The Speaker gave the House until May 11, 2010 to find a common ground, and there was speculation that if a deal was not reached, the government could make it a vote of confidence triggering an election, or ask the Supreme Court of Canada to hear the case.[59] Both the Prime Minister and Opposition leader Michael Ignatieff stated they were willing to work together, but Harper repeated that it must be done in a way to not "break the law [or] order public servants to break the law, nor can it do anything that would unnecessarily jeopardize the safety of Canadian troops."[60] MPs were cautiously optimistic about a deal in the initial meetings, stating there was "incremental progress," and there is was "emerging consensus" between all parties.[61] MPs within the negotiations had to ask The Speaker for an extension of the deadline, as MPs started becoming stalemated on what should and should not remain secret.[62] An extension until May 14 was granted, and a deal was reached that morning.[63] A Memorandum of Understanding on the particulars was not established until June 16, when it was actually tabled in the House of Commons.[64][65] It was still not agreed to by all political parties: The New Democratic Party refused to endorse the deal.[64] There is still disagreements over whether the Speaker of the House had made unanimity a requirement, and whether the agreement was good.[66][67]

A group of MPs began the task of going through over 40,000 documents related to Afghan detainees on 10 July 2010. The MPs, consisting of one member and one alternate from the Liberal, Conservative and Bloc parites, determines what is relevant to the allegations of abuse. An independent panel of jusrists determines how documents will be released publicly, in some cases censoring documents that may threaten national security, international relations, or soldiers in Afghanistan.[47] This panel consists of Frank Iacobucci, fellow former Supreme Court justice Claire L'Heureux-Dubé and former B.C. Supreme Court judge Donald Brenner.[68] Any documents that the government claims to contain legal advice may force the panel to determine whether to allow the MPs to see them.[47]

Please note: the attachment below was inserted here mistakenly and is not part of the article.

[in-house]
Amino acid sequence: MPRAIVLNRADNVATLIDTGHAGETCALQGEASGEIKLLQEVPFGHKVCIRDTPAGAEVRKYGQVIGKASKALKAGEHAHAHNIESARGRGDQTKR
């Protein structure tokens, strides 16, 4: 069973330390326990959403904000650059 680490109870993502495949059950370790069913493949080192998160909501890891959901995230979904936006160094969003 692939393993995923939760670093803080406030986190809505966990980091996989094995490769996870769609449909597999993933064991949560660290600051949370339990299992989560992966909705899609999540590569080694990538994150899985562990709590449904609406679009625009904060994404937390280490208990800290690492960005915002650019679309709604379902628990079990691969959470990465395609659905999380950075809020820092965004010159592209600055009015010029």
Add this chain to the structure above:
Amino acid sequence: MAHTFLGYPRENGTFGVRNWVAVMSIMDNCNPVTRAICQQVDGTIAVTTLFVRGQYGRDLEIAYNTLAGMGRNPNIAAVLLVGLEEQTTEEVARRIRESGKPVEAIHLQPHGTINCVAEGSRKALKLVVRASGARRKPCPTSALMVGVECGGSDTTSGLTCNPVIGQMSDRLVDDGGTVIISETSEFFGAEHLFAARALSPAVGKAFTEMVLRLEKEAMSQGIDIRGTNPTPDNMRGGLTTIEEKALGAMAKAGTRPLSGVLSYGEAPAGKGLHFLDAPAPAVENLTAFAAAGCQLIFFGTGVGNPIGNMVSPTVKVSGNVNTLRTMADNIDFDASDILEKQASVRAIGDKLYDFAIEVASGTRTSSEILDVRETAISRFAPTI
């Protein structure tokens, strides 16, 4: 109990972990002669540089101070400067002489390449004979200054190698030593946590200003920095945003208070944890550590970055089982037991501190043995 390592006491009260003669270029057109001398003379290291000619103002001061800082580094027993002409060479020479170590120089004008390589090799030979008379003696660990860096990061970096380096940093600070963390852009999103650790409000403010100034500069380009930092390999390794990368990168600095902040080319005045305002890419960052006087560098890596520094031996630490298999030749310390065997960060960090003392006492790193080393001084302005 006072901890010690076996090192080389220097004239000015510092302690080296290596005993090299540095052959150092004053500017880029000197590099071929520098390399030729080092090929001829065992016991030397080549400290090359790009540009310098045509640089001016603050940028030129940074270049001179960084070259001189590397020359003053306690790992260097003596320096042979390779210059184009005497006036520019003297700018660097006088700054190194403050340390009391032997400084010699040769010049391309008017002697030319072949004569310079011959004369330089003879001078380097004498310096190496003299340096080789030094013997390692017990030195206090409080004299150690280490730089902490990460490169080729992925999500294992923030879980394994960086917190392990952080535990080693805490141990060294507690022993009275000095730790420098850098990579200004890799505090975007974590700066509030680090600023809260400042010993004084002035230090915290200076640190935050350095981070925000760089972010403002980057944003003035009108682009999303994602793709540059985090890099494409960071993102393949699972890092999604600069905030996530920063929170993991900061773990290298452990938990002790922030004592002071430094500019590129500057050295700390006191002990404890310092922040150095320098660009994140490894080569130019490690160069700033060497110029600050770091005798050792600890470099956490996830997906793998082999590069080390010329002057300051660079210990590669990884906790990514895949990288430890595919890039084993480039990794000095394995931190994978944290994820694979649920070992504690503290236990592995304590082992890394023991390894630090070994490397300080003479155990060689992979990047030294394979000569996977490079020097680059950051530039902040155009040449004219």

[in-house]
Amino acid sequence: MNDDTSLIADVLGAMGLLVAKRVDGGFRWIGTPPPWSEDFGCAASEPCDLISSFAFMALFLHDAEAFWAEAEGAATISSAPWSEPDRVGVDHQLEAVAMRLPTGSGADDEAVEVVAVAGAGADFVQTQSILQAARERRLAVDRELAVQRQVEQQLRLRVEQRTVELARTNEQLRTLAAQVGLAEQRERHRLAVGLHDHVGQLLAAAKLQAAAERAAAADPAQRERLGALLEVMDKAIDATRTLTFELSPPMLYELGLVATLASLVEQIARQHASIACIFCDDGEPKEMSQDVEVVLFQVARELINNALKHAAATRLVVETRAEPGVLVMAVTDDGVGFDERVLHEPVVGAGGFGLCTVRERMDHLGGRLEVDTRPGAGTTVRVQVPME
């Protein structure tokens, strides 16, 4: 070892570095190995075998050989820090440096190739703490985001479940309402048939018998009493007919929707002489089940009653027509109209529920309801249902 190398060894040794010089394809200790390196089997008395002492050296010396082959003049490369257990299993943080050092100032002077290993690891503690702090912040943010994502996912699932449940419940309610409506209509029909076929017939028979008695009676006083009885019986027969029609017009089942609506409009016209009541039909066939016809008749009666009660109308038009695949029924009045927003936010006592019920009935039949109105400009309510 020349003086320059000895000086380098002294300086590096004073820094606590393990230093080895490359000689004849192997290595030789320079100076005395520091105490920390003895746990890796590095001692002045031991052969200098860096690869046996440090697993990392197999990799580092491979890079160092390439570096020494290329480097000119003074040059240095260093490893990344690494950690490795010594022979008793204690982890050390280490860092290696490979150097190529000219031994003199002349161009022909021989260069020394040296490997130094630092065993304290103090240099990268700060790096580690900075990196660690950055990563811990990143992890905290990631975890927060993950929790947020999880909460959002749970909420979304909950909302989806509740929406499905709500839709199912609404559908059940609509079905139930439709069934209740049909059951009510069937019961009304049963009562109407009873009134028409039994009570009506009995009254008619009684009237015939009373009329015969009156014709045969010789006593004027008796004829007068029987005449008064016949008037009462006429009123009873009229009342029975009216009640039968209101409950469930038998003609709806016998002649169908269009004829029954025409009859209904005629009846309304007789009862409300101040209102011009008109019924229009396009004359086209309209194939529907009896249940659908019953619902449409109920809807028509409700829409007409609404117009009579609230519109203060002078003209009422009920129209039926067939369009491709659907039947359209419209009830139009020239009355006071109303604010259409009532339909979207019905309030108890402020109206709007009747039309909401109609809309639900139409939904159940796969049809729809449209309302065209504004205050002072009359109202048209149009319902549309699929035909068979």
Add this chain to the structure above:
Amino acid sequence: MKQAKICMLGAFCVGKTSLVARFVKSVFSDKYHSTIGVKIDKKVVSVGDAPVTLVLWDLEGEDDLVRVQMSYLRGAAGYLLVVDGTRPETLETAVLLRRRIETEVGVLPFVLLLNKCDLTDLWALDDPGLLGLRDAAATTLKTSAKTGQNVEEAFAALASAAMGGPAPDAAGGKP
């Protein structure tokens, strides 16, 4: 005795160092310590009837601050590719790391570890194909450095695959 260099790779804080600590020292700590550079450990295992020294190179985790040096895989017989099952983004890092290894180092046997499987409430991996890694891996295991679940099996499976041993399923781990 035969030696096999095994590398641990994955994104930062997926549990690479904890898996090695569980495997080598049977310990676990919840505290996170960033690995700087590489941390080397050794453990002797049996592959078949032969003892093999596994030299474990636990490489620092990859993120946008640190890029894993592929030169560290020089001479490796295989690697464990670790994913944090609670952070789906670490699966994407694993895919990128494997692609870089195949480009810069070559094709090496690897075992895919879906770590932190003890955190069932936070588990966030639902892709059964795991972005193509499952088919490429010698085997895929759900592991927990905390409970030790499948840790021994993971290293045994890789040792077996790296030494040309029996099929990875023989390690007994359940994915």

ProrogationEdit

On December 30, 2009, Parliament was put on hold, or 'prorogued' at the request of the Prime Minister. According to his spokesman, he sought this prorogation to consult with Canadians about the economy.[69] The move caused cries from opposition MPs who labelled it as an attempt to "muzzle parliamentarians amid controversy over the Afghan detainees affair."[69] Prorogation prevented the parliamentary committee from continuing to probe the issue. Although informal committee meetings continued, they had no power to compel testimony or grant immunity, and Conservative MPs would not be represented.[70][71] Bob Rae has not ruled out a formal censure of the government in response to the prorogation of parliament preventing the parliamentary committee from investigating the issue.[45]

Public opinionEdit

An EKOS poll conducted in December 2009 revealed that 83% of the respondents believed the government knew Afghan detainees were tortured. This was a consistent result across all age groups, genders and geographic locations. It also concluded that 41% of respondents were dissatisfied with the governments transparency on the issue, and only 24% were satisfied. The remaining 35% were still undecided or had no opinion.[72] As time progressed, 61% of Canadians still believed Afghan detainees were tortured in May 2010, according an Ipsos-Reid poll. This poll also found that 52% of respondents believed that Stephen Harper and Canadian soldiers knew torture was occurring, and 75% believed senior military officials would have known about the problem.[73] A poll done by Angus Reid during January 5 and 6, found that 38 per cent of Canadians believed that Harper used the December 30, 2009 prorogation to curtail the Canadian Afghan detainee issue.[74]

See alsoEdit

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ReferencesEdit